If you haven’t seen Elder Holland’s pre-Face-to-face video, I highly recommend watching it by clicking here.
I’m grateful that Elder Holland talked about those that can’t go on proselyting missions at all.
I served a seven month service mission. It was not in the plans. I was supposed to go on a fulltime, 18 month proselyting mission. I was supposed to return from that mission and get my doctorate in clinical psychology. None of that happened.
For a long time, I felt inadequate. I felt like I was not enough because I couldn’t go on a regular mission. I wondered if it was because I was unworthy. I wondered if I had made different decisions, if I would have been able to go. I wondered if I was letting someone down somewhere because I wasn’t going on the mission everyone thought I should be on. I wondered if I chose the right service mission. I wondered if I should have pushed myself more or tried harder to step out of my comfort zone. I wondered if my service was adequate and if my efforts made a difference. I wondered why I was given all the challenges that prevented me from serving a fulltime mission.
I don’t wonder anymore.
It has been a year and a half since I ended my service mission early to start fulltime employment with the church. In the past 18 months of employment and the previous 7 months of my service mission, I have grown exponentially. I still feel like I am on a mission. I still have that same spirit with me and the same motivation to serve and to give my best to the Lord, possibly even more so now than while I was a set apart missionary. I am a better person because of my mission and I am continually becoming better because of the effects of it.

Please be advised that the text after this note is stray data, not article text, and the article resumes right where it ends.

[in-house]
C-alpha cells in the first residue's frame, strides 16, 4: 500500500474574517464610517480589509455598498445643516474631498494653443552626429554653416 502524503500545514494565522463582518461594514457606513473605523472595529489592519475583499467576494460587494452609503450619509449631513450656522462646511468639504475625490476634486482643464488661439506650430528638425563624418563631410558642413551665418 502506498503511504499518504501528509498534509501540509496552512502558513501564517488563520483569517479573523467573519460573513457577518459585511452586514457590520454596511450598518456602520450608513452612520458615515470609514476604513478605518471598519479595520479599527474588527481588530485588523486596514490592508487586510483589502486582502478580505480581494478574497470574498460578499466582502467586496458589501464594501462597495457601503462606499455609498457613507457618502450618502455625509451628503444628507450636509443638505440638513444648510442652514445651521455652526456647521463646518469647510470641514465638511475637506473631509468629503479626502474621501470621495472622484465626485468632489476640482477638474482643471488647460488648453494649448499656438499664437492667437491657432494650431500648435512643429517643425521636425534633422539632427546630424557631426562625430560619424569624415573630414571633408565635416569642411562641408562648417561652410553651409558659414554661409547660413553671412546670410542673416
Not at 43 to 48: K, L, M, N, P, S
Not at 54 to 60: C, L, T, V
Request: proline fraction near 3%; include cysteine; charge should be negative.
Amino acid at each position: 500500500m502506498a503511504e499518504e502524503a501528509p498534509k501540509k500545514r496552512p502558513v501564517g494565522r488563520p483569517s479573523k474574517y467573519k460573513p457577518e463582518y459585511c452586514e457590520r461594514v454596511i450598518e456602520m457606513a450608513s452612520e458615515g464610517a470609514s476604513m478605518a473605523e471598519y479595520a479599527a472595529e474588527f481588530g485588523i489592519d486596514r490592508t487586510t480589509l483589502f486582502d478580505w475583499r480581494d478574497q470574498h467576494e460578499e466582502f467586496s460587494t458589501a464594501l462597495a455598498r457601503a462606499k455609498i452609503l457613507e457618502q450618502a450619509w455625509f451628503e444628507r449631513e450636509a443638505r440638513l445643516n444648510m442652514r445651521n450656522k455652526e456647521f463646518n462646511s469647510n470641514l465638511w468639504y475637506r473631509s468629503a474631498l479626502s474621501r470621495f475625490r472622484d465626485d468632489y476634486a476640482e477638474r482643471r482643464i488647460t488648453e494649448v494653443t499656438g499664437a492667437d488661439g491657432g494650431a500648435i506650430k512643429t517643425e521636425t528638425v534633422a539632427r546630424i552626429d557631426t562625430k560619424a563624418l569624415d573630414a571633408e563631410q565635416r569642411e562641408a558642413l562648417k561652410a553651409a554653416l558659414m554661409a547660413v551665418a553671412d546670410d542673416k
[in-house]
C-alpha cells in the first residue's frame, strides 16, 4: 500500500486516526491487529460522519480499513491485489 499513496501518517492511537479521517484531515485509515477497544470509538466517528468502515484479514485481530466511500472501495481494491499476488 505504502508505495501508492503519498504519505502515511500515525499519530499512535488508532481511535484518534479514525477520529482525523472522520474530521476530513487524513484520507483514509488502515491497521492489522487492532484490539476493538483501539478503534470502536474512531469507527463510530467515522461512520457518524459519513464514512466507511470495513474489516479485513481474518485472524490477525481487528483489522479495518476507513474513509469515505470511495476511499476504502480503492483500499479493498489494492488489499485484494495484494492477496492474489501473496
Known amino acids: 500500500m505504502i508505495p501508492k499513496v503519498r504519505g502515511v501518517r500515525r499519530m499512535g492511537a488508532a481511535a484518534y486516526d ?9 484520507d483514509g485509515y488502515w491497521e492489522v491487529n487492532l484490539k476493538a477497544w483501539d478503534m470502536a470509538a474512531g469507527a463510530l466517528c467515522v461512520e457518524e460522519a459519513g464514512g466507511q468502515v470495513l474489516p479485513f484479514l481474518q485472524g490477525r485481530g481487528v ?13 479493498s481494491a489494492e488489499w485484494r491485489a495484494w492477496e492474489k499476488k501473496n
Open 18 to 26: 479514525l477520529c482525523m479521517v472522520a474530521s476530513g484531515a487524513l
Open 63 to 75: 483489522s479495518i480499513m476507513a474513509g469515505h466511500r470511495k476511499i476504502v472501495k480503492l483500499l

My service mission was a miracle, and so many things after it have been miracles. The fact that I chose the Humanitarian Center, and that I even found the Humanitarian Center. That once I found the center that I chose to serve as an office assistant. That after 6 months of service, the admin assistant job opened up and that those 6 months gave me just enough experience to qualify for that job with my previous job experiences. That the week after I got my first paycheck, I found out my best friend was homeless and could afford to help buy her food. That I was able to meet wonderful friends here that have changed my life. That I am now able to help other service missionaries and early returned missionaries at my job. That I have been able to serve in the various positions I have held in the church, including being a temple worker. That I was able to serve as initiatory coordinator for a year during my temple service. That I was able to be present for all of my nieces’ births. That I was able to forgive and love people I never thought I could. That I was able to discover a new career path that I am excited about and that I never would have considered otherwise. That I was able to prove residency for college tuition because I had been employed nearly exactly one year from when I applied for school. The list goes on.
The miracles that have come because of my service mission are innumerable. But I still believe that the greatest miracle of all has been the change in me. I don’t know if I would have changed so much for the better on a proselyting mission. I don’t know if I would have been humbled as much on a proselyting mission. I don’t know if I would have discovered who I am or become what I am meant to be.
We all serve differently. My service mission is no less noble than any other mission. It may have been short. It may have been relatively small and insignificant in the grand scheme of things, but it was significant to me and to my family and to those I served and am serving.
There is no small mission. There is no insignificant mission. There is no insufficient mission. There are simply different missions. I served with faith and love and diligence, and I hope to continue to do so. My mission is not over, and neither is yours. We are simply continuing our more significant mission. We do not serve for a couple years or a couple months. We serve our whole lives, we simply wear a name tag for that long.